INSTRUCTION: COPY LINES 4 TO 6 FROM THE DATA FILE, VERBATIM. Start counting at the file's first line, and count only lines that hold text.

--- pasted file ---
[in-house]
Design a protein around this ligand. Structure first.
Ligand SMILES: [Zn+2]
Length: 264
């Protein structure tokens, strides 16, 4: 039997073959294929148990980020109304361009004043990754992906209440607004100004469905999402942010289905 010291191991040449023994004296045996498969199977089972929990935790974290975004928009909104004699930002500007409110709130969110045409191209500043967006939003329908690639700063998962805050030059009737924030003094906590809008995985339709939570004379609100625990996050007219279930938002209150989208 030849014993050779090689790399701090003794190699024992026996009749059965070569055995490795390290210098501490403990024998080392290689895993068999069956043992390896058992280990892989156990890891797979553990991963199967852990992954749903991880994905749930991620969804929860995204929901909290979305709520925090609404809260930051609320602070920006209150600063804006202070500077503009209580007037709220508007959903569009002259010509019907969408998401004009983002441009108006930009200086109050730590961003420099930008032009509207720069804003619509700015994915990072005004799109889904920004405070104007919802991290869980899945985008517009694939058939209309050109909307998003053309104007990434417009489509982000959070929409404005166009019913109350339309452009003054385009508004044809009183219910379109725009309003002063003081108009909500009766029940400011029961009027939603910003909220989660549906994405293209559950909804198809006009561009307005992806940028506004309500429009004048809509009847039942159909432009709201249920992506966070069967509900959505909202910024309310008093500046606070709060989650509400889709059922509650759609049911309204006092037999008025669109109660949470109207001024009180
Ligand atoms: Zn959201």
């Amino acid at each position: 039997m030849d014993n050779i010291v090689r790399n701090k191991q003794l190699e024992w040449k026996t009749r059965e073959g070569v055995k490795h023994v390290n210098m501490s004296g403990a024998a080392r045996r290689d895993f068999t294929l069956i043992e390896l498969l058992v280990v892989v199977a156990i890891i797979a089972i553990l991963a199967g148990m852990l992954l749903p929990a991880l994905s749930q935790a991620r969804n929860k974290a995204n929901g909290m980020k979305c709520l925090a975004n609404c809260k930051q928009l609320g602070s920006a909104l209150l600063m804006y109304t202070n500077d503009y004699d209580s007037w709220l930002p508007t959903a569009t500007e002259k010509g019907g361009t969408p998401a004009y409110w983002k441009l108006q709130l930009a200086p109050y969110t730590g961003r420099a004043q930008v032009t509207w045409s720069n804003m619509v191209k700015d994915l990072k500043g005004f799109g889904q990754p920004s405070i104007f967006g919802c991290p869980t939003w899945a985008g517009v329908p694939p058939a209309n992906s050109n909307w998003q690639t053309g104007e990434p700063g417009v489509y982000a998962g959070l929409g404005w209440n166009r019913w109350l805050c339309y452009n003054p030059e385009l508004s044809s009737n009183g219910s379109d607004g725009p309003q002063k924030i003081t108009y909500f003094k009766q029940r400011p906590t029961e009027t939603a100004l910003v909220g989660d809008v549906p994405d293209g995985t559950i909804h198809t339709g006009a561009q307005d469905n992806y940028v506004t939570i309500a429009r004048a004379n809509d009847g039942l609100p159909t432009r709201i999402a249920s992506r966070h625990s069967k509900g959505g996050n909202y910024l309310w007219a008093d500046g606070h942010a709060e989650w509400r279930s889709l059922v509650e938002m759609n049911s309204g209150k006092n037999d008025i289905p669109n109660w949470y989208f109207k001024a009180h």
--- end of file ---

Length: 264
């Protein structure tokens, strides 16, 4: 039997073959294929148990980020109304361009004043990754992906209440607004100004469905999402942010289905 010291191991040449023994004296045996498969199977089972929990935790974290975004928009909104004699930002500007409110709130969110045409191209500043967006939003329908690639700063998962805050030059009737924030003094906590809008995985339709939570004379609100625990996050007219279930938002209150989208 030849014993050779090689790399701090003794190699024992026996009749059965070569055995490795390290210098501490403990024998080392290689895993068999069956043992390896058992280990892989156990890891797979553990991963199967852990992954749903991880994905749930991620969804929860995204929901909290979305709520925090609404809260930051609320602070920006209150600063804006202070500077503009209580007037709220508007959903569009002259010509019907969408998401004009983002441009108006930009200086109050730590961003420099930008032009509207720069804003619509700015994915990072005004799109889904920004405070104007919802991290869980899945985008517009694939058939209309050109909307998003053309104007990434417009489509982000959070929409404005166009019913109350339309452009003054385009508004044809009183219910379109725009309003002063003081108009909500009766029940400011029961009027939603910003909220989660549906994405293209559950909804198809006009561009307005992806940028506004309500429009004048809509009847039942159909432009709201249920992506966070069967509900959505909202910024309310008093500046606070709060989650509400889709059922509650759609049911309204006092037999008025669109109660949470109207001024009180
Ligand atoms: Zn959201």